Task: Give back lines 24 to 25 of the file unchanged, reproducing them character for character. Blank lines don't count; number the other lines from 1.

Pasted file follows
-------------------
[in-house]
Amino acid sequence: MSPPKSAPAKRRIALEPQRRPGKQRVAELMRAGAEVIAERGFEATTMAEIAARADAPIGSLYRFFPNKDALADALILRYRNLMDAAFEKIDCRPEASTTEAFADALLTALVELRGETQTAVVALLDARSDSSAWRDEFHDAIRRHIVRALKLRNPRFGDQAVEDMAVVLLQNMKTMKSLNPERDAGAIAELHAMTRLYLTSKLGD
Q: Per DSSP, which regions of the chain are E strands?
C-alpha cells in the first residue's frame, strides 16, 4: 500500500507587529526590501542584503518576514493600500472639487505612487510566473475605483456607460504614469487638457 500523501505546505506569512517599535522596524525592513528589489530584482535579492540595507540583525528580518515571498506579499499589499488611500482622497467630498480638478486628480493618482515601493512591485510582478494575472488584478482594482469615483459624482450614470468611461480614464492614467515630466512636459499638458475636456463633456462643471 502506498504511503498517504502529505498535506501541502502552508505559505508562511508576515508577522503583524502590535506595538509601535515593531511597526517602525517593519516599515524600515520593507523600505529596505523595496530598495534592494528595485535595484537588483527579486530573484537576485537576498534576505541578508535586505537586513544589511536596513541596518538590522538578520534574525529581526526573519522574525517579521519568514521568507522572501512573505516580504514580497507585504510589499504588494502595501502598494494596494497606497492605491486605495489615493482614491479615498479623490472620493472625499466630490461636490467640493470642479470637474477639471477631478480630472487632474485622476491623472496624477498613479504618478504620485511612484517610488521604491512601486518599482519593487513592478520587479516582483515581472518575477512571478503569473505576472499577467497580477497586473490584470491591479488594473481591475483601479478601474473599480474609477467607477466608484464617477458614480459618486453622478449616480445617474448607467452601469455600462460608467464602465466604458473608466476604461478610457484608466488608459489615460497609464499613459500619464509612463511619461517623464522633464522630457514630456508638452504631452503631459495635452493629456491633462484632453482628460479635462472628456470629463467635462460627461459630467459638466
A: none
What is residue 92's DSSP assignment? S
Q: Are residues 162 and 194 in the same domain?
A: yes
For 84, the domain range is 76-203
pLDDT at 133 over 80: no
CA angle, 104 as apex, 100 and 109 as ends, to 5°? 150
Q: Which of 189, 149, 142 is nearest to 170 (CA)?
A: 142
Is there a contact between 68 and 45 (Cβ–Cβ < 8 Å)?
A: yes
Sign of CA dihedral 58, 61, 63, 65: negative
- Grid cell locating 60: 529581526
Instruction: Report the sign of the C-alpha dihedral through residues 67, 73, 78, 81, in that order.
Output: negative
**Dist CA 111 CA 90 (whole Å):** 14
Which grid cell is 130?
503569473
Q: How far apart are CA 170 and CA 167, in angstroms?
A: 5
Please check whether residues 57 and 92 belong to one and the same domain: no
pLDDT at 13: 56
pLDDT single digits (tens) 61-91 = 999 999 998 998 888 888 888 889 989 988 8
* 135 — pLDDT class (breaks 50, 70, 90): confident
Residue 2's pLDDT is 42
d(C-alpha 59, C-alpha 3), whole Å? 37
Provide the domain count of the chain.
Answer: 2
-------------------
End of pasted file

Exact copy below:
A: 5
Please check whether residues 57 and 92 belong to one and the same domain: no